– Concern for “full plutonium flash” at WIPP nuclear site that affects other drums and triggers spreading disaster — Plutonium-239 is a main radioactive material in drum that exploded — Anonymous Employee: The warnings were ignored… “They put us in danger” (ENENews, June 8, 2014):
Sante Fe New Mexican, June 9, 2014: On the night of Feb. 14, waste in an underground salt cavern in Southern New Mexico created so much heat the drum’s lid cracked. Radiation leaked out. Heavy bags of magnesium oxide stacked on top of the containers to prevent leaks shifted and disintegrated from the force of the reaction. […] The parent waste drum came from a waste stream including liquids such as hydrochloric and nitric acids, kerosene, methanol, silicone oil, nitrate salts, heavy metals and two main radioactive isotopes — plutonium-239 [the primary fissile isotope used for the production of nuclear weapons] and uranium-238. Ascarite, diatomaceous earth, vermiculite and kitty litter were added to soak up any liquids. […] “A lot of the drums we opened up had a lot of liquid,” said one former employee familiar with the process, who spoke on condition of anonymity because he was not authorized to speak with the media. […] EnergySolutions also switched from a clay-based kitty litter to Swheat, an organic kitty litter, for absorbing fluids. It is unclear why the contractor made the switch or whether LANL approved the switch, and lab officials wouldn’t comment. The former employee familiar with the repackaging process said EnergySolutions staff tried to warn the company’s administrators that the switch in kitty litter was a bad idea. The nitrate salts and the wheat-based kitty litter created a combustible mix, according to chemists. The warnings were ignored, the employee said. “They put us in danger, too,” he said. EnergySolutions did not respond to multiple requests for comment […]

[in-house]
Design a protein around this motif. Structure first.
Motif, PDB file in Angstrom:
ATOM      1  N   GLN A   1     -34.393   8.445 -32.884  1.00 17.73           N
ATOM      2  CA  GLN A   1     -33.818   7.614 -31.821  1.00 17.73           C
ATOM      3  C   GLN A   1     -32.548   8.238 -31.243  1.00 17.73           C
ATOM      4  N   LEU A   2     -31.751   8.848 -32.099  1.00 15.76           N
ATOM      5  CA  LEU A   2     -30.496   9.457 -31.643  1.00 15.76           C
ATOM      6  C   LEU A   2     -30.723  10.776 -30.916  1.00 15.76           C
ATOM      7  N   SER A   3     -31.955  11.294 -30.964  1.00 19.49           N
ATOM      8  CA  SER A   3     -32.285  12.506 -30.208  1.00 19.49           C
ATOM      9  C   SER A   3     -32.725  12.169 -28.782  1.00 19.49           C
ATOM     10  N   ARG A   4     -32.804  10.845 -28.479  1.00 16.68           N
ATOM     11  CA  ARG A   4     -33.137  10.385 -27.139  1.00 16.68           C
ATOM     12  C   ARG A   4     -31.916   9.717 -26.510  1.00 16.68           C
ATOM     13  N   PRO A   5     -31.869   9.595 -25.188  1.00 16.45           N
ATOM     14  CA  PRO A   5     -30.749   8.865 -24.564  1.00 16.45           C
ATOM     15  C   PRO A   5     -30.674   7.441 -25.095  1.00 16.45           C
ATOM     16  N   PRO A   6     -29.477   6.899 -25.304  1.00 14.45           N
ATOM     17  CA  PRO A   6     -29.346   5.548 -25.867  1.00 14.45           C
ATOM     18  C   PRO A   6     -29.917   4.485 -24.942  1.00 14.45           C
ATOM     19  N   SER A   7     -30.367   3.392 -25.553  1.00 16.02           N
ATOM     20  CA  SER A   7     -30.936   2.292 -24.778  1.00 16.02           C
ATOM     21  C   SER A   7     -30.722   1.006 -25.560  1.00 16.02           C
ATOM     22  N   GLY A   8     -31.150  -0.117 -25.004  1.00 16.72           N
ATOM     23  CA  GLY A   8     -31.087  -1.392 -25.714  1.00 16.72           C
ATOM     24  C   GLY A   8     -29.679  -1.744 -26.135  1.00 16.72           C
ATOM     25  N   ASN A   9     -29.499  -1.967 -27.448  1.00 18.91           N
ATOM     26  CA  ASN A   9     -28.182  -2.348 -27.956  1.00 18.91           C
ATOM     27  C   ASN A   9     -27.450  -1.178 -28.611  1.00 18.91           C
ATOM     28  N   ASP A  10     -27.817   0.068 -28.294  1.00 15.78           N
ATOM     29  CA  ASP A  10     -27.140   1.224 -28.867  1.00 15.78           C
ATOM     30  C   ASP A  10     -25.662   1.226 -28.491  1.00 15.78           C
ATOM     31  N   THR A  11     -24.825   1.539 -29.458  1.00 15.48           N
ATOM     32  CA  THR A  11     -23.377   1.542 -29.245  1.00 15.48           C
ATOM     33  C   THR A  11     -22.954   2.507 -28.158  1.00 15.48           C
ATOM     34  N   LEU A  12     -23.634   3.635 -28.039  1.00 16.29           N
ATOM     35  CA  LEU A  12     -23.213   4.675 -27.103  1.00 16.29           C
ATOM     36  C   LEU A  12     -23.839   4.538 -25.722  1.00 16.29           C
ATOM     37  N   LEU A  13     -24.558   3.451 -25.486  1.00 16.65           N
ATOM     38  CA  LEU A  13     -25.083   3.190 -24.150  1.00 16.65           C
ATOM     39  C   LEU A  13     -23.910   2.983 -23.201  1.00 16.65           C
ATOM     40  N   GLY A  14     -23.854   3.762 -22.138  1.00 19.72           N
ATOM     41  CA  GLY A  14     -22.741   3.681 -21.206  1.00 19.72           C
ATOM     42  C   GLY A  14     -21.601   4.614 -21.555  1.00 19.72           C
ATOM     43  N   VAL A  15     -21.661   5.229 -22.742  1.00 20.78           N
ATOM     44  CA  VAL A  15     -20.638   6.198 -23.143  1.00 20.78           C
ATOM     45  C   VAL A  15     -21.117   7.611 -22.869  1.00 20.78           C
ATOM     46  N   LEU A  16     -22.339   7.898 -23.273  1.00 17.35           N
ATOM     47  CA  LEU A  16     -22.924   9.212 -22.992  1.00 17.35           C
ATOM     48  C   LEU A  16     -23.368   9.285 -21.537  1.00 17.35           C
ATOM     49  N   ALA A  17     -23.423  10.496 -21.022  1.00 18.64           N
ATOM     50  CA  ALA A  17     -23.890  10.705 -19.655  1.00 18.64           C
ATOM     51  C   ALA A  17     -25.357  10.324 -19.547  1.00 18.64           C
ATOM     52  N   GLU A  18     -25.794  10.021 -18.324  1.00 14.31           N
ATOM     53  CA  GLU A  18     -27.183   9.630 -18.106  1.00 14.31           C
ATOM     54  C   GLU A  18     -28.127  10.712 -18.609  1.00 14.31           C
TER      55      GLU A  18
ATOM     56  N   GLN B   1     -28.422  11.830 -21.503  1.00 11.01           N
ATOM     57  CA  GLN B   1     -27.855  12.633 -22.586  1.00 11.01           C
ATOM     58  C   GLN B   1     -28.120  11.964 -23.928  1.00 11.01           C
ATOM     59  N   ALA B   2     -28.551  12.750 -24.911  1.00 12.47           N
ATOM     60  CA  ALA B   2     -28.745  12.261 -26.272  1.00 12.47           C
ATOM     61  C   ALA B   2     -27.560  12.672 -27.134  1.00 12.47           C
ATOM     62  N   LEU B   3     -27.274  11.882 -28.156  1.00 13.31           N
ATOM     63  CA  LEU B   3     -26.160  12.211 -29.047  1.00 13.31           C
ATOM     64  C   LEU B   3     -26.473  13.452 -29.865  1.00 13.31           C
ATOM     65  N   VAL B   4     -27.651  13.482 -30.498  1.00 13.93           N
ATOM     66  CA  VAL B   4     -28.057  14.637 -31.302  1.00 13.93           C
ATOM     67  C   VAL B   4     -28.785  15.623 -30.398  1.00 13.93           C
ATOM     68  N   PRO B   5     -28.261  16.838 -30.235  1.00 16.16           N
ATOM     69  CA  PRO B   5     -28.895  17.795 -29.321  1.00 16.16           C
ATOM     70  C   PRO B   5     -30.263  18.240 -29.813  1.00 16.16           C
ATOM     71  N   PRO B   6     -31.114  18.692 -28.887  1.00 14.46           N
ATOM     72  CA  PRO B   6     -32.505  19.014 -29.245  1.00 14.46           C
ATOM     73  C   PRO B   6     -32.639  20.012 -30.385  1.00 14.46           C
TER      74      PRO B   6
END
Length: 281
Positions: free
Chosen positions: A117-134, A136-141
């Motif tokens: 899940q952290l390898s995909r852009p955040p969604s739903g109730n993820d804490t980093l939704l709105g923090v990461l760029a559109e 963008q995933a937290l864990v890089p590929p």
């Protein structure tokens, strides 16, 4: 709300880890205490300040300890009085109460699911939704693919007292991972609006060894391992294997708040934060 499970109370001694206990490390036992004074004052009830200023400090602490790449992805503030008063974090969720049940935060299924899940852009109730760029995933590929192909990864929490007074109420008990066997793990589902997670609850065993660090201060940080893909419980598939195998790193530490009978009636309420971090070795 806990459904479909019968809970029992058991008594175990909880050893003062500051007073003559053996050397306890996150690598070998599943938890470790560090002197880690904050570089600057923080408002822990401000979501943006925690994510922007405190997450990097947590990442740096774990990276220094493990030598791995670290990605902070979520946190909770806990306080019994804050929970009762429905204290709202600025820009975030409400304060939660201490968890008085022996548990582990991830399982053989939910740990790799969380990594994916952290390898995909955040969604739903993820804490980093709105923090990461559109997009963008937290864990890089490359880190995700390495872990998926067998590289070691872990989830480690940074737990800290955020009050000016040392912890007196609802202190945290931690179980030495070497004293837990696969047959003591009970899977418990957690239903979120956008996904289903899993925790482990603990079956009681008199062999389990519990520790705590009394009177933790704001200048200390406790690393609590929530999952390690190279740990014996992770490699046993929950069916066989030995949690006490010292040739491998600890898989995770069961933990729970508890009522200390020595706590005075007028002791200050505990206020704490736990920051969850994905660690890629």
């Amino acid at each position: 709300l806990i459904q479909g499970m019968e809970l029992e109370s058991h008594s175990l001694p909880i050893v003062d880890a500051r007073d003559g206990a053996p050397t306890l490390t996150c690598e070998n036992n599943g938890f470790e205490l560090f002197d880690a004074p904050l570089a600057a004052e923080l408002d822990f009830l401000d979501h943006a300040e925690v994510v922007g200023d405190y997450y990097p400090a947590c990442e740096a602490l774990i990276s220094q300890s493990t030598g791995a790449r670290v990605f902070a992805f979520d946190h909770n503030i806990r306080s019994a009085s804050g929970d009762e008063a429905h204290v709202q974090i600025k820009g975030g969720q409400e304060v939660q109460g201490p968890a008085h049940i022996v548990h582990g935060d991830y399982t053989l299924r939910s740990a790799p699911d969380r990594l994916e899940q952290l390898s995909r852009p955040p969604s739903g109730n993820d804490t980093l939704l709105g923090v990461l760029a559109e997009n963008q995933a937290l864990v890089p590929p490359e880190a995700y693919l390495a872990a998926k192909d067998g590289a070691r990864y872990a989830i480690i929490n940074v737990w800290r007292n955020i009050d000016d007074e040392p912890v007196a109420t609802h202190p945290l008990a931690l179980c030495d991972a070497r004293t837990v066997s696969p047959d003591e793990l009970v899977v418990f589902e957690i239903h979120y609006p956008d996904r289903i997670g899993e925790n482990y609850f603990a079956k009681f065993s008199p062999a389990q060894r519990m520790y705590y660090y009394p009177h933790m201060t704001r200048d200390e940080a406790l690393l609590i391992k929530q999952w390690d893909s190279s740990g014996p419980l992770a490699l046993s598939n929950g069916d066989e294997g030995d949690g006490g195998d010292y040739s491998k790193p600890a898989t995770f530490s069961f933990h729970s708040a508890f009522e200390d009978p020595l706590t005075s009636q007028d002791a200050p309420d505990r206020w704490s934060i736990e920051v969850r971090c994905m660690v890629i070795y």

DC Bureau — Natural Resources News Service, by Joseph Trento, June 5, 2014:
On Valentines night, one of the now suspect 500 waste drums from DOE’s Los Alamos National Laboratory (LANL) blast open inside DOE’s Waste Isolation Pilot Plant (WIPP). Casks filled with 3.2 million cubic feet of deadly radioactive wastes remain buried at the crippled plant. That huge facility was rendered useless. Investigators believe the waste drums from Los Alamos were incorrectly packed under DOE supervision and one of them exploded. […] after the explosion, there are still 367 suspect storage canisters that came from LANL that are still at WIPP. […] when the explosion took place in Panel 7 [Panel = A “huge storage room”], Panel 6, left open, could still be contaminated. State Environment Secretary Ryan Flynn told local newspapers, “I agree those Panels need to be closed immediately.” If the blast turned into full plutonium flash, other drums in Panel 6 could be affected and the disaster spread, which is why it is vital for workers at WIPP to know what is in the containers and where they are located.
– Top Science Journal: “Time bombs” at WIPP nuclear site? “High alert over risk of new explosions” in hundreds of plutonium-contaminated drums – AP: 4 years may be needed just to seal off area where drums stored – Experts go down to check if ground ‘still stable’
– Gov’t: ‘Cracked’ nuclear container filmed at WIPP — Expert: It “blew top off” — Reuters: “Released high levels of radiation” — 100s more drums risk similar ‘energetic reaction’ — Insider: Get forklift and remove them before another accident — Official: No ‘imminent’ public threat ‘at this time’ (VIDEO)